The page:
Government pegs FY19 fiscal deficit target at 3.3% of GDP against 3% aimed earlier; at 3.5%, FY18 deficit exceeds target by 30 bps.
Faced with a tricky balancing act to maintain fiscal prudence while meeting aspirations of the masses ahead of the 2019 polls, finance minister Arun Jaitley chose to give the fiscal deficit target a miss again and settled for a medium-term consolidation process.
The Centre’s fiscal deficit will breach the target by as much as 30 basis points at 3.5% in FY18, partly due to the GST mop-up for only 11 months, lower dividend payment by RBI and deferment of spectrum auction. It intends to trim it to 3.3% next fiscal (against an earlier target of 3%), suggesting a slower pace of reduction than witnessed in the past two years.
Also, while a 14.6% rise in revenue seems achievable next fiscal, given the budgetted nominal GDP growth of 11.5%, the 10.1% increase in expenditure ahead of the elections runs the risk of exceeding the target, yet again. In the current fiscal, against the 9.5% rise in the Centre’s revenue receipts, expenditure jumped 12.3%.
The Centre has also retreated from a decision last year to improve the share of the more-productive capital spending in overall expenditure. In fact, instead of the targetted 25% rise, the government is actually forced to reduce capital spending by Rs 36,356 crore in 2017-18 from the budgetted level to Rs 2,73,445 crore to prevent fiscal deterioration from worsening further. Even for the next fiscal, revenue expenditure is targetted to rise over 10%, higher than the 9.9% increase (from the reduced revised estimate for 2017-18) in capital spending.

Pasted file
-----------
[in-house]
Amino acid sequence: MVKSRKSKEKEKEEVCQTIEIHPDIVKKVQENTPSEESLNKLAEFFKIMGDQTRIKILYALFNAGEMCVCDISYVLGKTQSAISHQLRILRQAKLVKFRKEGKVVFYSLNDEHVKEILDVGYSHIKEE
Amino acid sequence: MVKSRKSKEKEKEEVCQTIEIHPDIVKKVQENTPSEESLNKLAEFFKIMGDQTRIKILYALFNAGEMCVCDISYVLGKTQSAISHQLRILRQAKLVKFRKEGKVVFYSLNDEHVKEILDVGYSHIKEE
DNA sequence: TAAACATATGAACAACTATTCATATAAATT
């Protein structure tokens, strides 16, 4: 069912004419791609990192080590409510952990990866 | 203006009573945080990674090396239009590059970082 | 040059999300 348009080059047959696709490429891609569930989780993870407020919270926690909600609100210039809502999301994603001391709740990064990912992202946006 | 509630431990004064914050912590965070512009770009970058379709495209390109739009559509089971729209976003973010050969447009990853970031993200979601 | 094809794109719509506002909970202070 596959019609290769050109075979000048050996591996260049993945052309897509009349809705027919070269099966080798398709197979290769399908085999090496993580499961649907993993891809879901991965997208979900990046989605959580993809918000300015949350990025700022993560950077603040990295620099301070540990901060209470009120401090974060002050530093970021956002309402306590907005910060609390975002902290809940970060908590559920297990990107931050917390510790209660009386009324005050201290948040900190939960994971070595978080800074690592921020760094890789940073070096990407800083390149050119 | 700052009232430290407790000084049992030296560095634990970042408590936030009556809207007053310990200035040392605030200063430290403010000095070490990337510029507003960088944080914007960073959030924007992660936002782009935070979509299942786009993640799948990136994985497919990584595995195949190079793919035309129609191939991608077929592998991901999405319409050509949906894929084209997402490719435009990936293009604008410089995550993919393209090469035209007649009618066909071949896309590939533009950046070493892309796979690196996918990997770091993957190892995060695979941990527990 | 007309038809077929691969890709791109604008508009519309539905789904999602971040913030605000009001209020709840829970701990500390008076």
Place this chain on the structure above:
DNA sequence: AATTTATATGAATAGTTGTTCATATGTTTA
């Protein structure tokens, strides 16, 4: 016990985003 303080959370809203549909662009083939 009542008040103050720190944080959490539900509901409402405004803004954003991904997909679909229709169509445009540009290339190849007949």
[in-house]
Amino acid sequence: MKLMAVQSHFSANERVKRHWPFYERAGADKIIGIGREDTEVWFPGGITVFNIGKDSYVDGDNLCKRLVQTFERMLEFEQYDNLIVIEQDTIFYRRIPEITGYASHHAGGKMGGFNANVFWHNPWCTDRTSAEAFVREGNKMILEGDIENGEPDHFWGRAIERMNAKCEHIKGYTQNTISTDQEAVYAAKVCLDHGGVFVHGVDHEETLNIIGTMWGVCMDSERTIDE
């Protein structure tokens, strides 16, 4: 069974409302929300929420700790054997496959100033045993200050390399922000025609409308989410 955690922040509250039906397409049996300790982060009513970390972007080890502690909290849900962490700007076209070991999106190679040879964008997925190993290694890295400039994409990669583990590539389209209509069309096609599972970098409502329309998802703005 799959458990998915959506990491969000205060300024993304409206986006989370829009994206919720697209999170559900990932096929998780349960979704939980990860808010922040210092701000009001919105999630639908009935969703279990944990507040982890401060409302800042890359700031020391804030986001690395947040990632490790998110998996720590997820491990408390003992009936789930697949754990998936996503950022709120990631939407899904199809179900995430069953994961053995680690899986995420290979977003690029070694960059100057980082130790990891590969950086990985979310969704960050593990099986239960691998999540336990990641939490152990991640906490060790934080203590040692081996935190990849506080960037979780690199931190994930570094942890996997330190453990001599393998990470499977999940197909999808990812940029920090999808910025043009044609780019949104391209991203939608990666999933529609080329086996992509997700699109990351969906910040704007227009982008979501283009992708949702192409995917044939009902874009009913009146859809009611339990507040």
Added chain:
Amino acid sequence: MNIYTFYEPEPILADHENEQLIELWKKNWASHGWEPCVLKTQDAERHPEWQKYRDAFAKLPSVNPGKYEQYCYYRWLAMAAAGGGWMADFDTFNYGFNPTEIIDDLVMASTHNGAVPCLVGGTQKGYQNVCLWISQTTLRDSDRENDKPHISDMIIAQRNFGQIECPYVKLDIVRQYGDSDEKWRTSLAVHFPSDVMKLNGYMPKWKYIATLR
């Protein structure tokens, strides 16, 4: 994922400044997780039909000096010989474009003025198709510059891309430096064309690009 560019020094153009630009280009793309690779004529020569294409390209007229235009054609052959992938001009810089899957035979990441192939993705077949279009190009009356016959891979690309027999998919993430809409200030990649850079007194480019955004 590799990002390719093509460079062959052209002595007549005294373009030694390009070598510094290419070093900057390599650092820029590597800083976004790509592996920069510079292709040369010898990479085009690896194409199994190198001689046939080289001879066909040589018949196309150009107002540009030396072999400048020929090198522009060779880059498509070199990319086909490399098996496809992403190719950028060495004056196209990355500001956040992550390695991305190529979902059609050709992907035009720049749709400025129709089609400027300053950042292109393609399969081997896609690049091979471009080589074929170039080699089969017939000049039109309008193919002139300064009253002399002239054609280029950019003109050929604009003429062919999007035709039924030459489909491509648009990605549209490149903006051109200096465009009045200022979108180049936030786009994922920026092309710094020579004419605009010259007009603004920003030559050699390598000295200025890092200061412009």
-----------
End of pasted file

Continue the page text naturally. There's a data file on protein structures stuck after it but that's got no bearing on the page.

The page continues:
The fiscal slippage, coupled with worsening expenditure quality, is bound to be noticed by the RBI, and given the surge in retail inflation in recent months, the central bank could turn more hawkish.
However, to reassure the markets of the government’s commitment to fiscal discipline and macro-economic stability, Jaitley accepted recommendations of the NK Singh-led FRBM panel to prune the Centre’s debt burden to 40% of GDP by 2022-23 (against 49.4% in 2016-17), with fiscal deficit target as the key operational parametre. This means the daunting challenge of a steady cut in fiscal deficit to prune the debt levels is being passed on to the next government.
The Centre pins hopes on a 16.6% jump in net tax collection next year against 15.3% this fiscal to fund expenditure. Strung by a drop in non-tax revenue mop-up in 2017-18, the government has raised the target for the next fiscal by less than Rs 10,000 crore.